Sepp Holzer recommends inoculating logs in the spring, but I had also heard you can do this in the fall or winter. It seems nice to have this as a winter project when there’s not much else you can do, as well as to be able to do something with trees you cut. I have been using mainly maple, as well as poplar, for oyster mushroom inoculation, but I think I will try some oak logs next.
I tried to create a trellis here for some arctic kiwi by leaning these poles up against a tree. I should perhaps add some wire in between them as well. There is a kiwi vine climbing up the pole there. The kiwis have not grown as fast as I hoped, but most of them are alive and growing.
Here is a grow dome yurt made by Shelter Systems that I am thinking about getting. It is 150 square feet, a very strong structure in winds. It is held down by heavy tent stakes. It is easy to assemble or take down in less than an hour, easy to store, and weighs about 40 pounds. The frame is made of PVC and the material is very resistant to UV light.
I’ve had the exact same yurt as a camping yurt, without the translucent material, for 12 years or so. I used to use it as an additional structure to my small pop-up camper and had even rigged up a wood stove with it. It is big enough to store a couple of 9 foot surfboards, and easily stand up in. I used it to store extra gear and practiced the guitar in there or let guests stay in it. I had a seasonal camp on the Maine coast and did a lot of surfing there. My little tiny truck camper and yurt was nestled in amongst 30 foot + RV’s with big screen TVs. The campground manager decided, after a couple of years, that the yurt looked out of place and no longer allowed me to use it and I had to switch to a screen house.
Surfers at Ogunquit river mouth in southern Maine, one of the many great spots to surf in Maine with some really nice sandbars and long rights.
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Why a kayak?
If you live near any considerable body of water (river, lake or oceanfront), a kayak can be a valuable tool. There is a lot which can be done with a kayak; from keeping you entertained, to providing some food, traveling to a rural destination, and even adding some variety to your exercise regimen. While a kayak may sound kind of an odd mode of transport to discuss in a prep blog, it certainly has a ton of positive aspects to consider.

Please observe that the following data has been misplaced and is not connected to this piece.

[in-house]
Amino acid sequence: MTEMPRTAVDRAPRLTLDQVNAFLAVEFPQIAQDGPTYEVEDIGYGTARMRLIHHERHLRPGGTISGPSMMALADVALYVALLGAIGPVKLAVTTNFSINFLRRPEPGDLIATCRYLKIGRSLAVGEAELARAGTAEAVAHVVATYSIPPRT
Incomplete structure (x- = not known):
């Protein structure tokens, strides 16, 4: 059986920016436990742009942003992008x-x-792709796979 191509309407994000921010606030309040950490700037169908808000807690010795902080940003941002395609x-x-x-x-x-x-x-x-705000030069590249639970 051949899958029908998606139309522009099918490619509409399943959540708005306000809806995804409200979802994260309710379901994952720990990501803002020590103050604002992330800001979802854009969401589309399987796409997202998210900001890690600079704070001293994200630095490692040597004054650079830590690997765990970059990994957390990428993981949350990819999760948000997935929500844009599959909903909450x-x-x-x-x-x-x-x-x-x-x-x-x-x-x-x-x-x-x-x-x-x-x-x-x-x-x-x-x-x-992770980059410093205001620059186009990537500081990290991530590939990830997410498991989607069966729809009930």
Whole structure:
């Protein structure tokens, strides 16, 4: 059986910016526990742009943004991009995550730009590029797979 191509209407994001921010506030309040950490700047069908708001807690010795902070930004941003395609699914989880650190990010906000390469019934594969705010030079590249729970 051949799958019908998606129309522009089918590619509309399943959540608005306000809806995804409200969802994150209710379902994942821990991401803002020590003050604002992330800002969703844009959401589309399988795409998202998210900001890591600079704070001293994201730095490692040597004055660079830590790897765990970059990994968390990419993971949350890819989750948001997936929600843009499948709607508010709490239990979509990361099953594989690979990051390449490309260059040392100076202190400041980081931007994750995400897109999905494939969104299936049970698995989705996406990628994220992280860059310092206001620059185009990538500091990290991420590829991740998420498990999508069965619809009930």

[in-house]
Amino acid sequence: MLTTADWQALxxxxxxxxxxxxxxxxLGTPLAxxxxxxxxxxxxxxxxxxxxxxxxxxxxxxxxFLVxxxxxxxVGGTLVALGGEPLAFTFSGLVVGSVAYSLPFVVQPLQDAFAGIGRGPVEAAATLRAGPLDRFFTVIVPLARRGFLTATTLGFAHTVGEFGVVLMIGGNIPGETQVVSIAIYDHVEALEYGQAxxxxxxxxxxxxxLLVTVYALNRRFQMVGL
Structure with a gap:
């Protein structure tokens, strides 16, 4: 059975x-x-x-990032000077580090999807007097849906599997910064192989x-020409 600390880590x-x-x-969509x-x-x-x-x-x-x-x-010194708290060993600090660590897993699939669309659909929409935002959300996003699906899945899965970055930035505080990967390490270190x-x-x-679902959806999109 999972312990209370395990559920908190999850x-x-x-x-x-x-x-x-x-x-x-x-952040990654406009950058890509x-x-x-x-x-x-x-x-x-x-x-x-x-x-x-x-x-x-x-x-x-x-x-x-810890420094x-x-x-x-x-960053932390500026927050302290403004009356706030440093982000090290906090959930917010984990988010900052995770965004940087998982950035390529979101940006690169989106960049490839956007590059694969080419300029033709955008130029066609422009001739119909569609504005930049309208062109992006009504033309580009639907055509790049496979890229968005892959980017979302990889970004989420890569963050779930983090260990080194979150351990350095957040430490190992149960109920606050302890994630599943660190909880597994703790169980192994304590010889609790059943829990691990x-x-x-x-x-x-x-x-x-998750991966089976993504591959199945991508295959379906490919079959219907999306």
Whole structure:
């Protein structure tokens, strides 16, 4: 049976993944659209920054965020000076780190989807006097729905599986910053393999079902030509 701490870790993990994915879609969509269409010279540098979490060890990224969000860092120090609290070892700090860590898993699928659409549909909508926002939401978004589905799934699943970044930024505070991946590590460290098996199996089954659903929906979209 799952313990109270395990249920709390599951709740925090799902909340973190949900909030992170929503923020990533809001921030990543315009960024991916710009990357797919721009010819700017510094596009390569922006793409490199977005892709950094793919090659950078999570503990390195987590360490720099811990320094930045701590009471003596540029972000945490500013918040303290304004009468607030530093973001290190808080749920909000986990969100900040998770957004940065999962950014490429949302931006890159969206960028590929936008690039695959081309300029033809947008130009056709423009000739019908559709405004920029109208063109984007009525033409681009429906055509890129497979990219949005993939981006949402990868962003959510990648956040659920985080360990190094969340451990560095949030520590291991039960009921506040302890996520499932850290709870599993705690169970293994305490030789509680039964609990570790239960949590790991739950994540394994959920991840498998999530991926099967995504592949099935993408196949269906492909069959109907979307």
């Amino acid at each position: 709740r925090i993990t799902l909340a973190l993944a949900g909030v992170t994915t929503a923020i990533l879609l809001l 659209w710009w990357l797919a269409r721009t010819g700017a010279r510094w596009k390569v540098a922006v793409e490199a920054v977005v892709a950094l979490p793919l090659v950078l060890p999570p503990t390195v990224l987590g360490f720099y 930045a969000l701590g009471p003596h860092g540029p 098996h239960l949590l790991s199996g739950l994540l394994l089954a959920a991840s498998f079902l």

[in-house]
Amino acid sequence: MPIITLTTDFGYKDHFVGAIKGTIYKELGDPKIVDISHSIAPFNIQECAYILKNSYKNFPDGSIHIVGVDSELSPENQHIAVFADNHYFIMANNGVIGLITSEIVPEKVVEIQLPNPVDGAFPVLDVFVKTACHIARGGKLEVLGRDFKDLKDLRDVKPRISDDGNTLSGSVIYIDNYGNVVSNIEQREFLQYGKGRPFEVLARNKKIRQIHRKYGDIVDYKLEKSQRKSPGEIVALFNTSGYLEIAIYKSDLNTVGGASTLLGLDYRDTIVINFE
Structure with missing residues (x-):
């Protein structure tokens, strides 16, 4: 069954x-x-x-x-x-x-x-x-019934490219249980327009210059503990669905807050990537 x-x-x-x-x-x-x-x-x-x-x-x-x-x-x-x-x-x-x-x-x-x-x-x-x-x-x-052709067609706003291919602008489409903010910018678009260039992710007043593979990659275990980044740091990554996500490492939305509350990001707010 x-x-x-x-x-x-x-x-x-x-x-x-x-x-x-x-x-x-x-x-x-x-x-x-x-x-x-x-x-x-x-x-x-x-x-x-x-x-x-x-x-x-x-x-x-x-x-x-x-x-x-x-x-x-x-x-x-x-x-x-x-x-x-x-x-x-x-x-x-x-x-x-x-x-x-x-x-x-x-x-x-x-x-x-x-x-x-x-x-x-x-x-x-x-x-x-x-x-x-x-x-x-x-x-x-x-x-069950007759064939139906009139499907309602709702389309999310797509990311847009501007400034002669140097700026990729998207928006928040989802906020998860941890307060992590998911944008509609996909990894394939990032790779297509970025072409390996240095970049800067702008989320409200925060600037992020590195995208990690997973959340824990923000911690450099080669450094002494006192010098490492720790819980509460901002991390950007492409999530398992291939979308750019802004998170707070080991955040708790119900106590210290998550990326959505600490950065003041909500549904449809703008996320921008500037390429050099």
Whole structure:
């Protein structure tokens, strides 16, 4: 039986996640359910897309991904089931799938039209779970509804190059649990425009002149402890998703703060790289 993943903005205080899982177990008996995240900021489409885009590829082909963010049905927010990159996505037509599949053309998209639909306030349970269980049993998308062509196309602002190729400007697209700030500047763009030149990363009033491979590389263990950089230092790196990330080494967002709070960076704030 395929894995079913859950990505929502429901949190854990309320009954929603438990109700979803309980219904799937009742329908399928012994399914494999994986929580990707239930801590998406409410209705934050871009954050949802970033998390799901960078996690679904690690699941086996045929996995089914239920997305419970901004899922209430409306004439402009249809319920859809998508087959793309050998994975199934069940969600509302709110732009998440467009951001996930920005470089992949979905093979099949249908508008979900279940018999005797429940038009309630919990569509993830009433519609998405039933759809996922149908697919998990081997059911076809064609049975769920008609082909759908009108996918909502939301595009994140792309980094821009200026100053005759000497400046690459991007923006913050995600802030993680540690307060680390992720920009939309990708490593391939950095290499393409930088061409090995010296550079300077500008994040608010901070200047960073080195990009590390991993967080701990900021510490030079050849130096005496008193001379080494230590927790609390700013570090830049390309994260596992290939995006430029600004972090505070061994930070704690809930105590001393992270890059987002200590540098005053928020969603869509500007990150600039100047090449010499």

1. A kayak allows me to get from point A to point B on virtually any inland body of water and has a shallower draft than most other typical forms of personal watercraft, allowing it to go places one would not otherwise be able to go.
2. A kayak is lighter and, with few exceptions, can be carried by one person to and from a transport vehicle and the water’s edge. My lightest kayak is a 10-foot recreational boat which weighs right around forty pounds. My heaviest kayak is a 16-foot Seda Viking with a rudder and it weighs just over fifty pounds. I carry any or all of my kayaks on a simple ladder rack on the bed of my pickup.
3. A kayak doesn’t cost a whole lot. I bought two of my three kayaks used on Craigslist for a fraction of their retail price, and they were in great condition. The one kayak I bought new was on sale and I got it for less than two hundred dollars. The twelve-footer I found on Craigslist cost less than that!
4. A kayak can carry ample gear. My ten-foot kayak can carry everything I need for a day trip or a weekend of camping. My sixteen-footer can carry about four hundred fifty pounds and can easily support me for a week, or considerably longer, depending on whether I can procure my own food where I am camping. This is also true of rowboats and canoes, but my kayaks keep everything stored away in sealed hatches. If I were to capsize (hasn’t happened yet, fingers crossed), I would simply flip the boat upright on its long axis and keep going. Try that with a canoe or rowboat.
5. A kayak can go places other boats just can’t go. Spend a little time in the cozy comfort of your favorite kayak and you will see that a bit of practiced paddling can put you exactly where you need to be to get to the fish. Fasten a five or ten pound weight to a nylon rope, and you have an anchor to keep you in position until you run out of bait or run out of fish.
6. You are closer to the water and, therefore, have a lower center of gravity. This is more stable. Kayaks, being typically lighter than other personal watercraft, are more maneuverable and require less effort to propel through the water. There are other considerations to this when considering the length of a kayak, but I’ll cover more about this later in this article.